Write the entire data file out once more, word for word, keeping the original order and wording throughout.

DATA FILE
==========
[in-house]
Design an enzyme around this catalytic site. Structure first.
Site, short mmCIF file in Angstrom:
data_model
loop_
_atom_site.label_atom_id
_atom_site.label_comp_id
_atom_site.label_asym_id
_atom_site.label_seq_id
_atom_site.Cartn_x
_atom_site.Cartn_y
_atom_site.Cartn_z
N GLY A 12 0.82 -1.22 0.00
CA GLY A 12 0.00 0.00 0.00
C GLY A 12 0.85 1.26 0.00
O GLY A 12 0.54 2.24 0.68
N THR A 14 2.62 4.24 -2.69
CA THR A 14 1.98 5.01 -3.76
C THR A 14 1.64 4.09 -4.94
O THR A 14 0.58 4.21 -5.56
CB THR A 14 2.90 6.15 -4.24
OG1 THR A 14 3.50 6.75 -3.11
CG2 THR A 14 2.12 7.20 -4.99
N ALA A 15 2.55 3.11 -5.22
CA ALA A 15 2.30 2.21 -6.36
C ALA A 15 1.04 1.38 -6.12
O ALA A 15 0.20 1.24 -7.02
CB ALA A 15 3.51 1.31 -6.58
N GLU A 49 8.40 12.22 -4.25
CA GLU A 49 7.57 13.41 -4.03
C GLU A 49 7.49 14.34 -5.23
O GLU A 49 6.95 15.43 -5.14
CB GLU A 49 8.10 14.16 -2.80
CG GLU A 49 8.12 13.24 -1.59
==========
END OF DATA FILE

[in-house]
Design an enzyme around this catalytic site. Structure first.
Site, short mmCIF file in Angstrom:
data_model
loop_
_atom_site.label_atom_id
_atom_site.label_comp_id
_atom_site.label_asym_id
_atom_site.label_seq_id
_atom_site.Cartn_x
_atom_site.Cartn_y
_atom_site.Cartn_z
N GLY A 12 0.82 -1.22 0.00
CA GLY A 12 0.00 0.00 0.00
C GLY A 12 0.85 1.26 0.00
O GLY A 12 0.54 2.24 0.68
N THR A 14 2.62 4.24 -2.69
CA THR A 14 1.98 5.01 -3.76
C THR A 14 1.64 4.09 -4.94
O THR A 14 0.58 4.21 -5.56
CB THR A 14 2.90 6.15 -4.24
OG1 THR A 14 3.50 6.75 -3.11
CG2 THR A 14 2.12 7.20 -4.99
N ALA A 15 2.55 3.11 -5.22
CA ALA A 15 2.30 2.21 -6.36
C ALA A 15 1.04 1.38 -6.12
O ALA A 15 0.20 1.24 -7.02
CB ALA A 15 3.51 1.31 -6.58
N GLU A 49 8.40 12.22 -4.25
CA GLU A 49 7.57 13.41 -4.03
C GLU A 49 7.49 14.34 -5.23
O GLU A 49 6.95 15.43 -5.14
CB GLU A 49 8.10 14.16 -2.80
CG GLU A 49 8.12 13.24 -1.59